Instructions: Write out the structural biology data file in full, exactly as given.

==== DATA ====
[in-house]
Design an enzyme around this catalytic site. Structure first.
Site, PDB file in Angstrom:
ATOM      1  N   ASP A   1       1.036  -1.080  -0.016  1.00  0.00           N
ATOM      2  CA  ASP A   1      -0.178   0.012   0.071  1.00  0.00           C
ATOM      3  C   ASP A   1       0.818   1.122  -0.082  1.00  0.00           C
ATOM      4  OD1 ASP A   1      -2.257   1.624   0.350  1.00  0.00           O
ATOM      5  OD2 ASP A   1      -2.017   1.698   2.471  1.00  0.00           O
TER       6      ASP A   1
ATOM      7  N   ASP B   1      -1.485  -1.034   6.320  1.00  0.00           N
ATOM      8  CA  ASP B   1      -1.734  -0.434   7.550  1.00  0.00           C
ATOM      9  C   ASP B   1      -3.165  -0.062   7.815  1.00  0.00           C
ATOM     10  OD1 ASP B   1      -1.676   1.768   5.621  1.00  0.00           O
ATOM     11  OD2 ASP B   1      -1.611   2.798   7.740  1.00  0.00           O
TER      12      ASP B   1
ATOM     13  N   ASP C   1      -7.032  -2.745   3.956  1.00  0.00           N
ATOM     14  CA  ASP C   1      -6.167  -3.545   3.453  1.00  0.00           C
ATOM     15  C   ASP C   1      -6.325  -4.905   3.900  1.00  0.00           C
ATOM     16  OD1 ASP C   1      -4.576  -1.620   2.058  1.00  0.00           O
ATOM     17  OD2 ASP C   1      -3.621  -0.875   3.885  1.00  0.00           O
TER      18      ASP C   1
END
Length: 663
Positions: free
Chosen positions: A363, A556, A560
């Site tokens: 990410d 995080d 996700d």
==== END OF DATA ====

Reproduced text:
[in-house]
Design an enzyme around this catalytic site. Structure first.
Site, PDB file in Angstrom:
ATOM      1  N   ASP A   1       1.036  -1.080  -0.016  1.00  0.00           N
ATOM      2  CA  ASP A   1      -0.178   0.012   0.071  1.00  0.00           C
ATOM      3  C   ASP A   1       0.818   1.122  -0.082  1.00  0.00           C
ATOM      4  OD1 ASP A   1      -2.257   1.624   0.350  1.00  0.00           O
ATOM      5  OD2 ASP A   1      -2.017   1.698   2.471  1.00  0.00           O
TER       6      ASP A   1
ATOM      7  N   ASP B   1      -1.485  -1.034   6.320  1.00  0.00           N
ATOM      8  CA  ASP B   1      -1.734  -0.434   7.550  1.00  0.00           C
ATOM      9  C   ASP B   1      -3.165  -0.062   7.815  1.00  0.00           C
ATOM     10  OD1 ASP B   1      -1.676   1.768   5.621  1.00  0.00           O
ATOM     11  OD2 ASP B   1      -1.611   2.798   7.740  1.00  0.00           O
TER      12      ASP B   1
ATOM     13  N   ASP C   1      -7.032  -2.745   3.956  1.00  0.00           N
ATOM     14  CA  ASP C   1      -6.167  -3.545   3.453  1.00  0.00           C
ATOM     15  C   ASP C   1      -6.325  -4.905   3.900  1.00  0.00           C
ATOM     16  OD1 ASP C   1      -4.576  -1.620   2.058  1.00  0.00           O
ATOM     17  OD2 ASP C   1      -3.621  -0.875   3.885  1.00  0.00           O
TER      18      ASP C   1
END
Length: 663
Positions: free
Chosen positions: A363, A556, A560
């Site tokens: 990410d 995080d 996700d």